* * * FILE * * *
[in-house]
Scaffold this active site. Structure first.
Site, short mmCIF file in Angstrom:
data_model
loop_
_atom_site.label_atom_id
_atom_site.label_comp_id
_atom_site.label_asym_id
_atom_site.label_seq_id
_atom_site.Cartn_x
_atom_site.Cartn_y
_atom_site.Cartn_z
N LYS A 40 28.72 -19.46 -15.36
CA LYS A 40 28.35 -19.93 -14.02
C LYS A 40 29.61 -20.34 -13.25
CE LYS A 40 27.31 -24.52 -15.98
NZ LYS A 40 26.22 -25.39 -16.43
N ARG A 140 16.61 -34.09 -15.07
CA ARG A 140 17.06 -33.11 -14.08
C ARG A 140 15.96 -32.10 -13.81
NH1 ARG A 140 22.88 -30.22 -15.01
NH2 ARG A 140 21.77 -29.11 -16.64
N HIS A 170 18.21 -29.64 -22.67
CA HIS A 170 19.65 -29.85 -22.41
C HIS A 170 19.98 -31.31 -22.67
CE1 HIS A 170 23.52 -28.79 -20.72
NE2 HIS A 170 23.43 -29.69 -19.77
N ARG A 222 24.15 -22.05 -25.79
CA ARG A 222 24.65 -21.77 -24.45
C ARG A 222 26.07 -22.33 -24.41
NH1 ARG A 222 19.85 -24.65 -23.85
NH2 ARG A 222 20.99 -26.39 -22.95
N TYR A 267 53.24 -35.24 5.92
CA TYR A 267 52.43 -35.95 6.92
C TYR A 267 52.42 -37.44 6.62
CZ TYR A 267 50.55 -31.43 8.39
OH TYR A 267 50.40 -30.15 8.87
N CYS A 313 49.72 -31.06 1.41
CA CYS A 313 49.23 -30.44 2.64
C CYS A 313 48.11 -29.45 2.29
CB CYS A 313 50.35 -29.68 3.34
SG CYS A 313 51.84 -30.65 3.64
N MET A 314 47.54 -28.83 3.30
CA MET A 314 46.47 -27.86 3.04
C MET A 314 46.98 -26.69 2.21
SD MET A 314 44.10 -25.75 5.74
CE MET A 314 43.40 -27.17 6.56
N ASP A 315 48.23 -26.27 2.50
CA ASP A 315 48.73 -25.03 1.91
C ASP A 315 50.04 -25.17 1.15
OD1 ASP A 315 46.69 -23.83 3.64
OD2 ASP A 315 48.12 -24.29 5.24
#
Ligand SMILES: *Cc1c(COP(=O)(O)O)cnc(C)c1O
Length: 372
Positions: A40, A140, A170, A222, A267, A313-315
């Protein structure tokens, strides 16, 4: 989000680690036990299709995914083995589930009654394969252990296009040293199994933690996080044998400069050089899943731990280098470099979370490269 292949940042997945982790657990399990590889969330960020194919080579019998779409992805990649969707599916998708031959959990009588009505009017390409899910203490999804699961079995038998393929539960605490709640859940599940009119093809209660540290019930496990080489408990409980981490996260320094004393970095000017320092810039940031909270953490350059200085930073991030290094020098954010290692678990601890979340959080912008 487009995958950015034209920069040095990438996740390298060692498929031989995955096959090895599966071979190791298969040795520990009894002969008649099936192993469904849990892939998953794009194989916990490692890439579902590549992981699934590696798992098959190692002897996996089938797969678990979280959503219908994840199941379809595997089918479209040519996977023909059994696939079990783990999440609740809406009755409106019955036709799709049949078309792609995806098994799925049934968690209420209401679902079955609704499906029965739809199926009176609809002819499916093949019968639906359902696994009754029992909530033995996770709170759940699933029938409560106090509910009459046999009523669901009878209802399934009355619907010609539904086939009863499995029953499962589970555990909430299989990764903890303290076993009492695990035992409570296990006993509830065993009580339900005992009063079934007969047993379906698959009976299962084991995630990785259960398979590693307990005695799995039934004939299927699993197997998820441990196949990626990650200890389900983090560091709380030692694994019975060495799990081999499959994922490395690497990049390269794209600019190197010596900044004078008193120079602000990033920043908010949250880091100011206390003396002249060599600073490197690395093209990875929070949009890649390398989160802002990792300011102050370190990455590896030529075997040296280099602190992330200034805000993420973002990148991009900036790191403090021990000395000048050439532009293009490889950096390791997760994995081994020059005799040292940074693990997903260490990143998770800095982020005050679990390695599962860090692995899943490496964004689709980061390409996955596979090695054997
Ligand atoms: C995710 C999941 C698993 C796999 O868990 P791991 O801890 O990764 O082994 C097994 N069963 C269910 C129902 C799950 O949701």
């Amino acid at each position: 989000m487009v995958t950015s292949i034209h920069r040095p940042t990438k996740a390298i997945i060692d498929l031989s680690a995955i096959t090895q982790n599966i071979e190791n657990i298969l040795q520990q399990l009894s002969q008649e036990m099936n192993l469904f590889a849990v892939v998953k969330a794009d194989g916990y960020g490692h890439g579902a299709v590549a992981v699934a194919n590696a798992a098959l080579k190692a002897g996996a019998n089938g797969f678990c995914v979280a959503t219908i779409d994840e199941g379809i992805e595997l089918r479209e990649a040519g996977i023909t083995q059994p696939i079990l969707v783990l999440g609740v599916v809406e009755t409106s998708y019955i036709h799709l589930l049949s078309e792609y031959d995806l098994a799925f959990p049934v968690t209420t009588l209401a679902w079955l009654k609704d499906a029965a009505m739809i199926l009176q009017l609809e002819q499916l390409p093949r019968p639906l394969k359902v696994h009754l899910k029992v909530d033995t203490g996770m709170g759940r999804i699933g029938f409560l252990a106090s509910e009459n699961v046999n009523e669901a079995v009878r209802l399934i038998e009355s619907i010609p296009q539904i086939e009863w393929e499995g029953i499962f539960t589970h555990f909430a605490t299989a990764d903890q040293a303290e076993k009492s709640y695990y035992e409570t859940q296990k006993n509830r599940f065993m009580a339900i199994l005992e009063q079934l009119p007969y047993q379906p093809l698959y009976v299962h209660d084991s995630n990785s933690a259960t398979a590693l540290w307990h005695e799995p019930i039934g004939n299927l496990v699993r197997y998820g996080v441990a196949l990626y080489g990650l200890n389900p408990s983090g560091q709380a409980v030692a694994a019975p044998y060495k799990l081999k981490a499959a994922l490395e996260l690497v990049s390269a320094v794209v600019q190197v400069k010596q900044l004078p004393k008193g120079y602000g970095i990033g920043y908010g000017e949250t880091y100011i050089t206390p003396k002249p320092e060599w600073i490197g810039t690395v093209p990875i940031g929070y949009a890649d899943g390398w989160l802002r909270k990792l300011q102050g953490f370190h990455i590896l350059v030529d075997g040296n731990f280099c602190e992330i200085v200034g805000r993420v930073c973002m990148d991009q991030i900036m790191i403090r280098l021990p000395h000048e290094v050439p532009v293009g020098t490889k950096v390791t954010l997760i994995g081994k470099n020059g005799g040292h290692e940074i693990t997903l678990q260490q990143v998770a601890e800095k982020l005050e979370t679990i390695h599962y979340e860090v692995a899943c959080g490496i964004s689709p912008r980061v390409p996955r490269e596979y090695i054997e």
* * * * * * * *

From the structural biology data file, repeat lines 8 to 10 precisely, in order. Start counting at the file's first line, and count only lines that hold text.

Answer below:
_atom_site.label_asym_id
_atom_site.label_seq_id
_atom_site.Cartn_x